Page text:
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Worries over measles outbreak among refugees in Dollo Ado

Last update - Monday, August 15, 2011, 19:40 By Metro Éireann

The UN’s refugee agency has expressed growing alarm over the plight of refugees in the Dollo Ado camps in south-eastern Ethiopia following an outbreak of suspected measles. The UNHCR fears the outbreak could lead to high mortality and serious illness in an already vulnerable refugee population whose overall health was already fragile.

An outbreak could also reverse the progress which had been made over the last several weeks to stabilise Somali refugees, many of whom arrived in Ethiopia in extremely poor health.
On 4 August alone, community health workers reported 25 deaths in the camp, half of which were suspected to be from measles. Refugee children are the most affected.
Moses Okello, the UNHCR representative in Ethiopia who recently returned from Dollo Ado, said the current situation is alarming. He added that the international community cannot afford to wait.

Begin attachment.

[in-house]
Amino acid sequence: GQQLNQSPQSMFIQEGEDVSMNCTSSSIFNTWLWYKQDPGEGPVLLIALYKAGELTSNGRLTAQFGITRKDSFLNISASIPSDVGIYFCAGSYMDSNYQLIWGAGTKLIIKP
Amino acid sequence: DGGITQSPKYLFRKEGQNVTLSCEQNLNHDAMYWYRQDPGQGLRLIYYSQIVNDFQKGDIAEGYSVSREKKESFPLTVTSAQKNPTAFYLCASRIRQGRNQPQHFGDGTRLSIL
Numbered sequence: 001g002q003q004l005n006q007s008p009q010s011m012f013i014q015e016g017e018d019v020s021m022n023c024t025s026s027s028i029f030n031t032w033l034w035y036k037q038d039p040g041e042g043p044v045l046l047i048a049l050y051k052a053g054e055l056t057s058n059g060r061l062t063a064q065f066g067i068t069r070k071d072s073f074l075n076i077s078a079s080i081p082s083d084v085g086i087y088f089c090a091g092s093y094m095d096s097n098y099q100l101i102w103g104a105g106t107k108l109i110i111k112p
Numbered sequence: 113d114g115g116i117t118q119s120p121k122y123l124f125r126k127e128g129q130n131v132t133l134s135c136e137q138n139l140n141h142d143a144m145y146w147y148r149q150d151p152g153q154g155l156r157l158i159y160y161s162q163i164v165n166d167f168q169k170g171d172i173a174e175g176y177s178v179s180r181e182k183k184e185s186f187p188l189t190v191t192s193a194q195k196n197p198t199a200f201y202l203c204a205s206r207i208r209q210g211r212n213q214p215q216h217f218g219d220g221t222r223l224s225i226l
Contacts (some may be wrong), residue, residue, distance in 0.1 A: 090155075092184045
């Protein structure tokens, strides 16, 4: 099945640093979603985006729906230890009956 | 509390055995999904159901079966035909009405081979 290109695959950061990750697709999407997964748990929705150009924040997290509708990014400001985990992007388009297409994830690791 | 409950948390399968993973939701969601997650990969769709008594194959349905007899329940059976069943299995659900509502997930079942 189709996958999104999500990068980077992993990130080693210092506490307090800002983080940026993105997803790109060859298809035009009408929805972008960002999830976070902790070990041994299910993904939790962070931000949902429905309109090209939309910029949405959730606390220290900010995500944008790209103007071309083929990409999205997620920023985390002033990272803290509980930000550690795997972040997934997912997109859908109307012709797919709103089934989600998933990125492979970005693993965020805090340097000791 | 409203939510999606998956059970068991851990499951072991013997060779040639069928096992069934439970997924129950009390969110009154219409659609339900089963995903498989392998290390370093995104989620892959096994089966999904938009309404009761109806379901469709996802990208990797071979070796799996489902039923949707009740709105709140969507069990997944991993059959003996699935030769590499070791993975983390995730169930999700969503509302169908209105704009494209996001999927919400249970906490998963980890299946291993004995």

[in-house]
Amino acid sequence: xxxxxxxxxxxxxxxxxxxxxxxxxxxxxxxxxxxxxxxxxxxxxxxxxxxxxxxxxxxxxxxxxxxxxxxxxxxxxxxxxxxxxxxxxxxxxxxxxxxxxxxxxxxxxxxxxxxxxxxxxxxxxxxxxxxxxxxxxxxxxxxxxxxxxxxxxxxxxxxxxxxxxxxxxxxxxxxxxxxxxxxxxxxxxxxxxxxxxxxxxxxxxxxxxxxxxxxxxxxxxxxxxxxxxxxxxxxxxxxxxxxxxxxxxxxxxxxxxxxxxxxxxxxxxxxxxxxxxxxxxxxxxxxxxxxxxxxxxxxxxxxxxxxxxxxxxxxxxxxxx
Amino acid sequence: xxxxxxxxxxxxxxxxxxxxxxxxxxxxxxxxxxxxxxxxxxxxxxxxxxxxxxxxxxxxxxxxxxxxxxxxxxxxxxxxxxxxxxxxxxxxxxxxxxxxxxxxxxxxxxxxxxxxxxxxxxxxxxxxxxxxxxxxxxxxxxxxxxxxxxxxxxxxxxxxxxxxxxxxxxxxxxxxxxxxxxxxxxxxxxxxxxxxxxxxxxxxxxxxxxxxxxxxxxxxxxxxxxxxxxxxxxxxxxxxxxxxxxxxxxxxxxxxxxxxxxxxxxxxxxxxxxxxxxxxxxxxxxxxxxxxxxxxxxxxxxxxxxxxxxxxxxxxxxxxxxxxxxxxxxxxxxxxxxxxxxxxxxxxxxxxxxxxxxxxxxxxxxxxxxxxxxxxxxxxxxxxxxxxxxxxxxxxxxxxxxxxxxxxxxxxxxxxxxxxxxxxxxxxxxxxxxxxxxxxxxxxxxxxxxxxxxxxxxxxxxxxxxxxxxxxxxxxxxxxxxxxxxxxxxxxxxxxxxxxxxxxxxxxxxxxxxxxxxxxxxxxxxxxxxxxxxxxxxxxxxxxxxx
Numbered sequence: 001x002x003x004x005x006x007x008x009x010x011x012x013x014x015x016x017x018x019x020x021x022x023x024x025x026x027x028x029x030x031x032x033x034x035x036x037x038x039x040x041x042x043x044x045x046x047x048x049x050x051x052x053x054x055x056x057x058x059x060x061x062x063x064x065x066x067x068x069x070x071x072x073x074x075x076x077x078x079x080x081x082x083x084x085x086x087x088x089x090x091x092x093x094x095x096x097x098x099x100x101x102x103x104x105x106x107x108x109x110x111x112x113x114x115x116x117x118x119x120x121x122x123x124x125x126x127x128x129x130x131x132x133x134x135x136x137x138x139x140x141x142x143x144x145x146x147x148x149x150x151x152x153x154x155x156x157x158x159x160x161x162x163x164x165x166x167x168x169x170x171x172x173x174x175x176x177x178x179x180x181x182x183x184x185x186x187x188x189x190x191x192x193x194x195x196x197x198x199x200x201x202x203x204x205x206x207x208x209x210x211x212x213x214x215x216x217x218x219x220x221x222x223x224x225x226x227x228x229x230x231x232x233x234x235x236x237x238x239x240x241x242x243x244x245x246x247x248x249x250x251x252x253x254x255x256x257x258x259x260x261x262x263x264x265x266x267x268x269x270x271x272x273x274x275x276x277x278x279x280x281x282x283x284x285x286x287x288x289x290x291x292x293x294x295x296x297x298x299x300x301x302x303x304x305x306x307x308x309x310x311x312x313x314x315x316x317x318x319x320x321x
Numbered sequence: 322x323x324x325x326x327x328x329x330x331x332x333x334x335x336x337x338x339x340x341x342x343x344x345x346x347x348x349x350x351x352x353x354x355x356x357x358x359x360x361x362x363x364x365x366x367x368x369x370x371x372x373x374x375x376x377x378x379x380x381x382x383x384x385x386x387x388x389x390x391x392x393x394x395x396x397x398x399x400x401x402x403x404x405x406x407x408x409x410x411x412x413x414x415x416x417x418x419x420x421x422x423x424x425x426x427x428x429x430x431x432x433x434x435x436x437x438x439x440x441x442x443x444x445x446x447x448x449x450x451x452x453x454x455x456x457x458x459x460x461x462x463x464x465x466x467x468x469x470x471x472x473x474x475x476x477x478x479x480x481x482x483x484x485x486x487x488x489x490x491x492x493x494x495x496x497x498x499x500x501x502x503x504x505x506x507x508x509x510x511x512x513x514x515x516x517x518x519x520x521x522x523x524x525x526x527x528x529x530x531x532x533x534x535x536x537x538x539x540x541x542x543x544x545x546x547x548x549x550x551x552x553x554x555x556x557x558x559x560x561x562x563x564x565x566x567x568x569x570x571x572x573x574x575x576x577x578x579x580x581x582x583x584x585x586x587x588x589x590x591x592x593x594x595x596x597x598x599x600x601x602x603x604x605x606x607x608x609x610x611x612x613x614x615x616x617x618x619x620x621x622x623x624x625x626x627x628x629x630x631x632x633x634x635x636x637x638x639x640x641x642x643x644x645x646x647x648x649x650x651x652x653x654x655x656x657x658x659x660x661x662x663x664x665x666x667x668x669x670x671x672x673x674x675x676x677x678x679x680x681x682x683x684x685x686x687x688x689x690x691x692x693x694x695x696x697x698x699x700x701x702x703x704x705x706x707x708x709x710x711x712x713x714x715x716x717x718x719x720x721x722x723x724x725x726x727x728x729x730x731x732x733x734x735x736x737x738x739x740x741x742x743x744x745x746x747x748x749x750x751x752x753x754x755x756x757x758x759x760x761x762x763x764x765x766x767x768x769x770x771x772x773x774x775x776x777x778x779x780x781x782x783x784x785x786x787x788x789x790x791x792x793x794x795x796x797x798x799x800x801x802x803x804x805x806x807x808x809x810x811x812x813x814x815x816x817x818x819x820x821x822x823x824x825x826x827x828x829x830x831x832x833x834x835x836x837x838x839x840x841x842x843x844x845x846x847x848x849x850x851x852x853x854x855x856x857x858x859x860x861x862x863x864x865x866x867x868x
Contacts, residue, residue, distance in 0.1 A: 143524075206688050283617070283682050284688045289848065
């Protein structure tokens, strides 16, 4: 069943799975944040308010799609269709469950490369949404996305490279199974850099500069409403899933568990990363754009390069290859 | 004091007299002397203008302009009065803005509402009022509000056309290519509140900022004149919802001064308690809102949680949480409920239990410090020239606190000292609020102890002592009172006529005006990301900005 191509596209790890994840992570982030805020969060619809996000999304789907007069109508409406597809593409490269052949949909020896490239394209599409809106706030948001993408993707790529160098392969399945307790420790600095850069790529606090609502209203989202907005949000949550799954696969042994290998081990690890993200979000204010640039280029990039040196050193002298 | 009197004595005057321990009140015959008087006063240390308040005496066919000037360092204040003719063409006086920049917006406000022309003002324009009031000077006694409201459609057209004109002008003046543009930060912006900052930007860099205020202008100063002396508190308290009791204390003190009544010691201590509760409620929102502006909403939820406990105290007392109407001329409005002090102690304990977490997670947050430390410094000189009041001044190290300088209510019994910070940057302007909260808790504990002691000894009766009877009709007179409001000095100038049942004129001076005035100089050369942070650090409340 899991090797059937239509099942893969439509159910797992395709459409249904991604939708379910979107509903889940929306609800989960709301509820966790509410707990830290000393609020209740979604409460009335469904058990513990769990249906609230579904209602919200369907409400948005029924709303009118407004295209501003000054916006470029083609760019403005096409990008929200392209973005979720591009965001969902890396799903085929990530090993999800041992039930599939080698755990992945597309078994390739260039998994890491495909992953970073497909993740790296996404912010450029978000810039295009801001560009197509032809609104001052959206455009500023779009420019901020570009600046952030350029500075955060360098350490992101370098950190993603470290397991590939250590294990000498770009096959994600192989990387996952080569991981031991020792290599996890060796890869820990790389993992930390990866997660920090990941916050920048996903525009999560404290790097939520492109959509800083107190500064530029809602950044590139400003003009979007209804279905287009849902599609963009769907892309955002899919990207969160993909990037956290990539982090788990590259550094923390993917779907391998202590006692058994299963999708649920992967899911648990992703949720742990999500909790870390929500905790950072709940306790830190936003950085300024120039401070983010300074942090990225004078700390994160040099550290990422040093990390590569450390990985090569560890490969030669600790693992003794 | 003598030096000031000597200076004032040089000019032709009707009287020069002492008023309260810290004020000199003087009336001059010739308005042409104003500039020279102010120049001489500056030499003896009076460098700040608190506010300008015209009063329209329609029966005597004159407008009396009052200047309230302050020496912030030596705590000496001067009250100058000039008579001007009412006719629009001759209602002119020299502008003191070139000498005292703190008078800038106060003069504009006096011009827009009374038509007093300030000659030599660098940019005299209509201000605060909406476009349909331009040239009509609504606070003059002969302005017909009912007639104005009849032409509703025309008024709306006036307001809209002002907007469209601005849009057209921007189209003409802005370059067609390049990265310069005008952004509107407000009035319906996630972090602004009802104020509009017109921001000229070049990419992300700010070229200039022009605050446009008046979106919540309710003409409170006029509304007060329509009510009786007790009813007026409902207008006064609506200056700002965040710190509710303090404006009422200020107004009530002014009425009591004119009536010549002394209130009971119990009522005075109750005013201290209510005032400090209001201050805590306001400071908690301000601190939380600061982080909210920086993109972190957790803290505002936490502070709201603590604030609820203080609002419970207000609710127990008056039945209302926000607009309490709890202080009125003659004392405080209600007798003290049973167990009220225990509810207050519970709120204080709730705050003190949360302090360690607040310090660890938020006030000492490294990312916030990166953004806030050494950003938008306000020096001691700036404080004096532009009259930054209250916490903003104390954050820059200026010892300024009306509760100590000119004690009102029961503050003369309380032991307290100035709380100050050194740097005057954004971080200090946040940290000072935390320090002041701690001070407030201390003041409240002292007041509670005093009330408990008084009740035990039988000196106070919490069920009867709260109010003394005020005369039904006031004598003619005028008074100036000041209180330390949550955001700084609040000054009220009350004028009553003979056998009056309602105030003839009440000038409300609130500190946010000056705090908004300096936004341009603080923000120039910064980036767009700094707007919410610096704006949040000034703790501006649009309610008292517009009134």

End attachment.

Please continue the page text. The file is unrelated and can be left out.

“We must act now, urgently and decisively, to arrest and turn around this situation,” he said, calling on all UNHCR health partners to scale up their capacity.
Unicef and the WHO, through Ethiopia’s Ministry of Health, are providing the necessary vaccines for all children between the ages of six months and 15 years. Vaccinations began last week for all refugee children being transferred from the transit centre to the newly opened Hilaweyn camps.
Health experts said high rates of acute malnutrition, low vaccination coverage in Somalia and overcrowding in the camps are some of the aggravating factors associated with this outbreak. They also cited poor hygiene habits and poor health-seeking behaviour as challenges.
Round-the-clock health services are being provided and access to the facilities improved through ambulance services. These have been complemented by public health campaigns and door-to-door identification of the sick and malnourished.
As of 5 August, the number of Somali refugees in the Dollo Ado camps had reached 118,400. Nearly 78,000 of them arrived this year. This is in addition to more than 41,600 Somali refugees in the Jijiga area of the Somali region.
Ethiopia hosts a total of 237,500 refugees, mainly from Somalia, Eritrea and Sudan.

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